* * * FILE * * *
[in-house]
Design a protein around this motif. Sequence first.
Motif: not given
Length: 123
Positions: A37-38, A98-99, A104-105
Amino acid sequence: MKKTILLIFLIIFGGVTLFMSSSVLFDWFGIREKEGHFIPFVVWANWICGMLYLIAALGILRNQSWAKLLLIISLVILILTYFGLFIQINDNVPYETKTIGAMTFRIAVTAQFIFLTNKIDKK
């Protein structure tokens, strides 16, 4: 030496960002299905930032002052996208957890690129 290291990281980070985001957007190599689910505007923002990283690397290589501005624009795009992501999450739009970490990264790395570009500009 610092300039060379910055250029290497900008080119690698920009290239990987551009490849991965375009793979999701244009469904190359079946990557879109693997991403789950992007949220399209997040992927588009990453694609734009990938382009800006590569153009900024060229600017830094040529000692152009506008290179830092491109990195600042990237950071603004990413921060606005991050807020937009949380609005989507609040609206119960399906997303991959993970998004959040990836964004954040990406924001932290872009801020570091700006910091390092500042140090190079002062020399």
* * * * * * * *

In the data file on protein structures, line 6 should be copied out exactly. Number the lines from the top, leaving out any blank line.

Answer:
Amino acid sequence: MKKTILLIFLIIFGGVTLFMSSSVLFDWFGIREKEGHFIPFVVWANWICGMLYLIAALGILRNQSWAKLLLIISLVILILTYFGLFIQINDNVPYETKTIGAMTFRIAVTAQFIFLTNKIDKK